- Attempts to pull zone transfers.
- A lot of IDS alerts could also be used in this category as most of them already have signatures for reconnaissance related activities such as network mapping, OS fingerprinting, etc.
A category that identifies Scanning activities on the network.
- Scanning tools are good, when we’re the ones using them. Otherwise I want to know if anyone is running any scans.. VA tests against hosts, port scanning, etc.
A category that identifies systems being exploited ( or attempts to).
- Mostly IDS, HIPS and AV alerts of access attempts, privilege escalation attempts, and all the network layer and app level attacks
- web based attacks: SQL injection, cross-site scripting, account harvesting, etc.
- Attempts to cover up tracks, like AV and HIPS picking up on rootkits, bots, compilers or encoders.
- Potential usage of rogue proxies on the network. (Paros proxy).
Also, one other consideration would be to categorize reports with respect to the incident handling process itself… Preparation, Identification, Containment, Eradication, Recovery, Lessons Learned. I know the reporting capabilities in envision could be used extensively for doing post-mortem lessons learned reports, charts, etc.
Unrelated to incident handling but something I just remembered…and I feel is long overdue….
A category for VMware Virtualization Infrastructure.
- When was a virtual resource created, modified, deleted and by whom?
- Changes to virtual infrastructure, i.e. A virtual machine was connected to a virtual switch, or a new virtual switch was created/deleted/modified, etc.
- When did a system VMotion or DRS from one location to another?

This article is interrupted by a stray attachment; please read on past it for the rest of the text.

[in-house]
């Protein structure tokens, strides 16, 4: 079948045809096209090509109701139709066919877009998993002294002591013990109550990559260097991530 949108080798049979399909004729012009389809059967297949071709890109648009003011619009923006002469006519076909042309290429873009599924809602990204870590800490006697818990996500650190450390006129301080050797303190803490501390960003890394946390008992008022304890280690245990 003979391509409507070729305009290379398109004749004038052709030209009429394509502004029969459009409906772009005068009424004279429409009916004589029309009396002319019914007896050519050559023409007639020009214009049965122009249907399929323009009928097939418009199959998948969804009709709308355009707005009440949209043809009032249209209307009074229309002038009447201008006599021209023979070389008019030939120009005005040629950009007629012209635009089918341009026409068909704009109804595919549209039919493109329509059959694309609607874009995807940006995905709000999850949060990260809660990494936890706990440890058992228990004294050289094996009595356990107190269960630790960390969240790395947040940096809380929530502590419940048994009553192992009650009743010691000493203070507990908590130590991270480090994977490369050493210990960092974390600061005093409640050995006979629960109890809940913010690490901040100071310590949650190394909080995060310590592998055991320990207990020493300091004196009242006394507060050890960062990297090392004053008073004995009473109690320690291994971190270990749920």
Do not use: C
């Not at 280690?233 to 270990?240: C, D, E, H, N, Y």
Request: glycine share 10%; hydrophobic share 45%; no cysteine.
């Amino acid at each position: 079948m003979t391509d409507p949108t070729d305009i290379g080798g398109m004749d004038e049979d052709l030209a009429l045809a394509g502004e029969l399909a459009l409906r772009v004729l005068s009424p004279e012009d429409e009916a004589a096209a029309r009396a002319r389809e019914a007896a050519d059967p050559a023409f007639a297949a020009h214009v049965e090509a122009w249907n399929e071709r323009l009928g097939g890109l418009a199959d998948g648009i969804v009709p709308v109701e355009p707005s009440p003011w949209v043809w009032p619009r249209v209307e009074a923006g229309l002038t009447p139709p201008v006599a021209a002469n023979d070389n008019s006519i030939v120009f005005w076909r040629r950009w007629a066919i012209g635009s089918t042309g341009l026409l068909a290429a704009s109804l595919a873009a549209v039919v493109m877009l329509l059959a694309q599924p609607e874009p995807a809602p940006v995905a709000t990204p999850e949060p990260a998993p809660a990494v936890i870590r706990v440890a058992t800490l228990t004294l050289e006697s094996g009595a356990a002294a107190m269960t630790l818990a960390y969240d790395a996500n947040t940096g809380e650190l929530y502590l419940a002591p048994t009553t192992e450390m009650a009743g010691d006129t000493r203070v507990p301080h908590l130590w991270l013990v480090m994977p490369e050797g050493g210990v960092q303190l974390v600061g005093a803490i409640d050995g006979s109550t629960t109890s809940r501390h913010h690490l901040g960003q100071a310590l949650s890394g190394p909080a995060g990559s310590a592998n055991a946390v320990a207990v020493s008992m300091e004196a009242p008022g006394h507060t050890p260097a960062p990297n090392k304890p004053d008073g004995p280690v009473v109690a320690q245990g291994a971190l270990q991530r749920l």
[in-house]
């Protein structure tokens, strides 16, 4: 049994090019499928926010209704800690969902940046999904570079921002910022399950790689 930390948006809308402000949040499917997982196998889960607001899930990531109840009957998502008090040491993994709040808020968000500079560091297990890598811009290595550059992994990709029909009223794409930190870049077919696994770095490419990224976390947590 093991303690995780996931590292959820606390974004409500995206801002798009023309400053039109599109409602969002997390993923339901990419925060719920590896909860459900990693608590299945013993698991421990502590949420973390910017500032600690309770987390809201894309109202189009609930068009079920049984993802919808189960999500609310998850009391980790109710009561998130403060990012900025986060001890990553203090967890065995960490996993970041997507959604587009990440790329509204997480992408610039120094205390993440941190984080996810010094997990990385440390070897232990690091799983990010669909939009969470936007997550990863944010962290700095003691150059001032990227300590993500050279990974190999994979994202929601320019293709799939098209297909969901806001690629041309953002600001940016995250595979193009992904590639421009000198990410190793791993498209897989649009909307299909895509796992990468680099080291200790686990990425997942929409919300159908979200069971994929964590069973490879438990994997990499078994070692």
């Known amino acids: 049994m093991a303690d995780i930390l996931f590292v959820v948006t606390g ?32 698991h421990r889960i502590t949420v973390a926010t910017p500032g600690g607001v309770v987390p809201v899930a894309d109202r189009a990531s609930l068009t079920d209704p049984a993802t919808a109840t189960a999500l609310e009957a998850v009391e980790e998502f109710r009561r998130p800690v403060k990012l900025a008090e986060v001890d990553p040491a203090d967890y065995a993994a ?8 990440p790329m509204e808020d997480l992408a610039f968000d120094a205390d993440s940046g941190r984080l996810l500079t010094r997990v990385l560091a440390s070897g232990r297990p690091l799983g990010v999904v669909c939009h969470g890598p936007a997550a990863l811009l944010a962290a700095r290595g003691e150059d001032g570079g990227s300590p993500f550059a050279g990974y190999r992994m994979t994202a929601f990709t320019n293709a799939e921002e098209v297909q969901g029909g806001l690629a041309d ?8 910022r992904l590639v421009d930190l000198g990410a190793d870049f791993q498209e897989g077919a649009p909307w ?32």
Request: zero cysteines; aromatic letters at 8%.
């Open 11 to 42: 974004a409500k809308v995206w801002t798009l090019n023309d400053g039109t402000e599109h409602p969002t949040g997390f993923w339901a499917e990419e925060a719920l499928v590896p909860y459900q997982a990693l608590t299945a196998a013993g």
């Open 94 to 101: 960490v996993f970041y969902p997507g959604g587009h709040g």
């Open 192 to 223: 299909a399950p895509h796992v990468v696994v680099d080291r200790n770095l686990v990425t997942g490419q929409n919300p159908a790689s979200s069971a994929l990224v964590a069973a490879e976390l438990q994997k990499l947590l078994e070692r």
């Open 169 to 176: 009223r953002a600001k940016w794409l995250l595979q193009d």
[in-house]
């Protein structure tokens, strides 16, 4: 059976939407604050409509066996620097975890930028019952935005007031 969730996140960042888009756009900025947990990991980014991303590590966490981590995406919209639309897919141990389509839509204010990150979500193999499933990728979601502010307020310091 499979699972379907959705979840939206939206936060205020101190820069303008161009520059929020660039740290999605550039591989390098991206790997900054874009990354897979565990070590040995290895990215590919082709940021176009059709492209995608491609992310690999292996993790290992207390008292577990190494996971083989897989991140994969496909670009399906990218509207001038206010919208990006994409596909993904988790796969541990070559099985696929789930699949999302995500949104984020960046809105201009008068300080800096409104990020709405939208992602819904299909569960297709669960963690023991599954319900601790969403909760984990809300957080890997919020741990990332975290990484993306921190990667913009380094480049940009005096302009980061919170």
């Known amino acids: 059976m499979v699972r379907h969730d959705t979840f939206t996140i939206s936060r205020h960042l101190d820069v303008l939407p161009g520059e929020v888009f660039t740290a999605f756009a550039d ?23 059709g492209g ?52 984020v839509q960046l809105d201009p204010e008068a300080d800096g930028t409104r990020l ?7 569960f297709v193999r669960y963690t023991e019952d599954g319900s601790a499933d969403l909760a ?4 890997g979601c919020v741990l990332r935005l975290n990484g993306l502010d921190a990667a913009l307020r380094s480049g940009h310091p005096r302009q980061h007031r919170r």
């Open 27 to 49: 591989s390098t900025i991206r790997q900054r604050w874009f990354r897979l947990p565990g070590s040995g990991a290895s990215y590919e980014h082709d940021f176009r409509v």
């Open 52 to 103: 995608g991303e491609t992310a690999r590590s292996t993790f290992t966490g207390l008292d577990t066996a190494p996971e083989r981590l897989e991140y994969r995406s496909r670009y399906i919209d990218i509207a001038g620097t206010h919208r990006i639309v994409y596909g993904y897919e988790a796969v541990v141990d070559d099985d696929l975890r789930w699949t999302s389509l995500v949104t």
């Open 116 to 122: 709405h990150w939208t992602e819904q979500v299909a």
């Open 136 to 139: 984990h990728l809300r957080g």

- File level access auditing on .vmdk files.
- User account auditing, who’s logging in and doing what within the entire virtual environment.
- Alert when update manager failed to download update signatures.
- Alert when update manager has available patches that are not yet installed on a host of guest machine.
- Alert when update manager failed to successfully patch a host or guest machine.
It looks like a common request from multiple boards now is the ability to identify when a monitored device has not sent messages within a period of time (somewhat like the NIC heartbeat message, but not message specific).
Great news, this capability already exists in enVision. See post from Mark Nadir:
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We are mainly focused on insider threats so everything abnormal that the administrators are doing is of interest. I guess baselining would be an interesting way forward here:
-First define what is normal behaviour, for example logons to the system is ok between 08-17, and everything besides that should be alerted on. I know this can be achived with sceduling the alert to have it enabled non-office hours, so this is how we will do it now.